One of my favorite quotes is, “Humility connects people. Arrogance separates.” I first heard that statement a little over twenty years ago, and it has been a guiding principle since. Although the quote is a maxim and there are some exceptions, I have found it be a valuable thought. We are drawn to and inspired by humble leaders. Humble leaders build strong teams and express gratitude freely.
There are three things I believe humble leaders do that set them apart from others. If these actions describe your approach to leadership, stay on track. If these actions do not resonate, I hope you will consider how you might integrate them into your approach to leadership.
Invest in Relationships
Humble leaders cultivate a culture of cooperation by building relationships. These special leaders seek to understand the perspective of others and consistently express a genuine interest in their lives. Due to their ability to build meaningful relationships, they understand the needs and interests of their colleagues and can use their insights and influence to help others. Because they invest in the lives of others, when they are placed in a situation where not everyone agrees, they can still inspire cooperation based on the trust they have cultivated.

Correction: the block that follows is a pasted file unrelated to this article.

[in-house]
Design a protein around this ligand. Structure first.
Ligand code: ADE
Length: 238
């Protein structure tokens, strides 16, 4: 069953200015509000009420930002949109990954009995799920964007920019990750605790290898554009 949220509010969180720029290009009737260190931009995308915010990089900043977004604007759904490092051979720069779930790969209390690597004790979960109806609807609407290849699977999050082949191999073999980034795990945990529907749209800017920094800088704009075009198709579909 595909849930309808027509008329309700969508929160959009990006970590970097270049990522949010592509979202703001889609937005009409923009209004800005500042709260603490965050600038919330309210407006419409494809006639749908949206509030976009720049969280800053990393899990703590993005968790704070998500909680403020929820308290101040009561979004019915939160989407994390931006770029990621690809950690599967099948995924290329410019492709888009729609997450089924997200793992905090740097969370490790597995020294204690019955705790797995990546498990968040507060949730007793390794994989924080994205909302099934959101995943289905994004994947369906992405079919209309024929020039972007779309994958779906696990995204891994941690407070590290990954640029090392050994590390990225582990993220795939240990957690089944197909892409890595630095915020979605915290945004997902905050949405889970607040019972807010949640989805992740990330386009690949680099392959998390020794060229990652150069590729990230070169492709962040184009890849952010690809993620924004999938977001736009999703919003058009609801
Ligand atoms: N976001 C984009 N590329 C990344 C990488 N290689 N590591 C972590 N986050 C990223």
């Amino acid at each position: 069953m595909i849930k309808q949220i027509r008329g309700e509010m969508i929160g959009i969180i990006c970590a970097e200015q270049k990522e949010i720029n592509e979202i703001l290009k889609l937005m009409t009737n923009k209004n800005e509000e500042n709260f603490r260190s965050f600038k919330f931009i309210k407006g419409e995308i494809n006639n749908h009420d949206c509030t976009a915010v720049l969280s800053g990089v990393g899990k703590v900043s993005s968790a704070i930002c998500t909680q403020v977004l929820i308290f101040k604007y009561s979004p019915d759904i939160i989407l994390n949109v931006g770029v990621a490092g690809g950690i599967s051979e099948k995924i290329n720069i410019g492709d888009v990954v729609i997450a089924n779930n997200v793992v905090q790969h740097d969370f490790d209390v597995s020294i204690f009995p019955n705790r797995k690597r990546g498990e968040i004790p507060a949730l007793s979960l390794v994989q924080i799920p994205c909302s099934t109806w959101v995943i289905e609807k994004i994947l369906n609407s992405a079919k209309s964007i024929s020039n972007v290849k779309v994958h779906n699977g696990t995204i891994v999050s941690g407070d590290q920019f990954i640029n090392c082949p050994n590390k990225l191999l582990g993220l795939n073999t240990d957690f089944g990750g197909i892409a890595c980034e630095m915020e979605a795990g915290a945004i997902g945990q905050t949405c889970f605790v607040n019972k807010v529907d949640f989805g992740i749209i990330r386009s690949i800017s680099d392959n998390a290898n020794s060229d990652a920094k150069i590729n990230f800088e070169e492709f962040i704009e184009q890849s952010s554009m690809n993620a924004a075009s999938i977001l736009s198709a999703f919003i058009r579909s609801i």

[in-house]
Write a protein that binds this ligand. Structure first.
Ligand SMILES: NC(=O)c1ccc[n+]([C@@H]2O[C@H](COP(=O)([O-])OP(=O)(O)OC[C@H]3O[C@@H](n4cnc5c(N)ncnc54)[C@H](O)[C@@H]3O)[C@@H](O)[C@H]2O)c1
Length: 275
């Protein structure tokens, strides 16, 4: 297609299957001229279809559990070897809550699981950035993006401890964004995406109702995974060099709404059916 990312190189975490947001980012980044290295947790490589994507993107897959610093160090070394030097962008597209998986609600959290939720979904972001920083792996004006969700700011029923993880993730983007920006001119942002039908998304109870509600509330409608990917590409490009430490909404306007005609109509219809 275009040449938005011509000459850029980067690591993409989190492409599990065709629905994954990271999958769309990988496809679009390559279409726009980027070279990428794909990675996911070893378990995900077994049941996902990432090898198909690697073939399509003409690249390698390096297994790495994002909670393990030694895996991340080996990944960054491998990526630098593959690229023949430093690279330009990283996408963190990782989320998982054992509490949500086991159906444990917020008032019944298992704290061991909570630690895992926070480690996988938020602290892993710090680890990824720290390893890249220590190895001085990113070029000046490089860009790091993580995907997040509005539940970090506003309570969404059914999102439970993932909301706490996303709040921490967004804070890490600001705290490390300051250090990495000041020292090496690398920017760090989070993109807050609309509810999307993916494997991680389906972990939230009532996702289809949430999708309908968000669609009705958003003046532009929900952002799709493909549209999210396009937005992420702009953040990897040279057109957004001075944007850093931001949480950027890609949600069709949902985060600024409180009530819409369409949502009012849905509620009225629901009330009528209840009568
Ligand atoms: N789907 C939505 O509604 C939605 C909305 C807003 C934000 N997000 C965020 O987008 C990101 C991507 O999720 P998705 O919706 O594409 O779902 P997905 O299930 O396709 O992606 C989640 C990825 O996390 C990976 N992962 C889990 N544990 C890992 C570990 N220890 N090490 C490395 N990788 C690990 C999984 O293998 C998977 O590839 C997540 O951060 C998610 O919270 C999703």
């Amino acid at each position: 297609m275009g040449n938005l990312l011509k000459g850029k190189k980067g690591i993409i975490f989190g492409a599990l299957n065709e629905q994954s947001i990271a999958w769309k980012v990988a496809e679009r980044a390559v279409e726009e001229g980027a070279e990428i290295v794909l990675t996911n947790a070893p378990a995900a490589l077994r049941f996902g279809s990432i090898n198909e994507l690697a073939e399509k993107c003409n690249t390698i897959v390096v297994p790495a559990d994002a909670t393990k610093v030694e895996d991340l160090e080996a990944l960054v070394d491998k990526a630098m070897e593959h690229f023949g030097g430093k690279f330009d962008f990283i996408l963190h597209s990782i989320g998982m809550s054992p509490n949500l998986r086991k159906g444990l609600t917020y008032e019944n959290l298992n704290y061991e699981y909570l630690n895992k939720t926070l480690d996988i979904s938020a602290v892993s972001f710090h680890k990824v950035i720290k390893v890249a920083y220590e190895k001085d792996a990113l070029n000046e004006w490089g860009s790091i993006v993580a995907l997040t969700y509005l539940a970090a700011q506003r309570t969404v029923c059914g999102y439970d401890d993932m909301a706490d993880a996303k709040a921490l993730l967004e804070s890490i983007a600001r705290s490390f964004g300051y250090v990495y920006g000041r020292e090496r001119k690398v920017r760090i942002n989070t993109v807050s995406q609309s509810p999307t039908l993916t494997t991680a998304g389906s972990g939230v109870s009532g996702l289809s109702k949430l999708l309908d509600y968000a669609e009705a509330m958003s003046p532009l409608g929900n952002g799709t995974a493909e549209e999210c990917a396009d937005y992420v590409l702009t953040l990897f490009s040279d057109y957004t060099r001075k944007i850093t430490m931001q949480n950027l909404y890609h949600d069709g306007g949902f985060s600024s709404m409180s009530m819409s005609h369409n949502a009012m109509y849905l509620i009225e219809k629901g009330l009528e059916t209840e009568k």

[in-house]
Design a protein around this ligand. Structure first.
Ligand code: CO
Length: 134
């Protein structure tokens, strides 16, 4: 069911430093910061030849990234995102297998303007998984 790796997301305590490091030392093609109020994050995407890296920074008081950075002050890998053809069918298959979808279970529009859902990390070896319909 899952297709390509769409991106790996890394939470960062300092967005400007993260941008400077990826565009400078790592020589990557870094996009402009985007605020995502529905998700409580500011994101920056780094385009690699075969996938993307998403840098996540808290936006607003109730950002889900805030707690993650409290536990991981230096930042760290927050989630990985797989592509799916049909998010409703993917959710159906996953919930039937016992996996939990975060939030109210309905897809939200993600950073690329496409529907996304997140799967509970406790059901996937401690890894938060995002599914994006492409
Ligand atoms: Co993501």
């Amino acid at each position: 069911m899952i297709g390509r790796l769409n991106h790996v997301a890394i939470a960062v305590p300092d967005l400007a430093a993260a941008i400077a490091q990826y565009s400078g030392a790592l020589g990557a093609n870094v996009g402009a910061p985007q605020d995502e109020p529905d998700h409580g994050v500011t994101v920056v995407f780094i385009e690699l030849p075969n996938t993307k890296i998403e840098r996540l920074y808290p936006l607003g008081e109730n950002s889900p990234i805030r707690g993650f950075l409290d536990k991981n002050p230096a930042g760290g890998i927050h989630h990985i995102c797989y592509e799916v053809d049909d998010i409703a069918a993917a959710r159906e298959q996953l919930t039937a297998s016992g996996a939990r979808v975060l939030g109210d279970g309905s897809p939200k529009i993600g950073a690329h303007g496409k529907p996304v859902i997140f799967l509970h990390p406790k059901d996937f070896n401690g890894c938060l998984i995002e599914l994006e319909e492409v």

Building relationships means intentionally spending time with the members of your team, giving them your undivided attention, and allowing others to share their perspectives and life experiences.
Do Your Best
Humble leaders are motivated by the satisfaction of doing a job well, even if they do not receive recognition for their efforts.
It is important to build the confidence of your clients, employees, and colleagues by sharing success stories-humble leaders do this with restraint. Their primary motivation is not recognition, but the satisfaction that comes from doing a job well, even if others do not notice. Recognition is appreciated and should not be underestimated, but a deeper motivation flows from the desire to do your best.
Be Willing to Learn
Humble leaders seek to improve themselves, knowing this is good for them and for the organization. They are open to new ways of doing things, and they seek out different perspectives through reading, coaching, and other learning opportunities. They ask for feedback, admit mistakes, and develop new skills. This creates a culture where growth never stops, and the learning never ends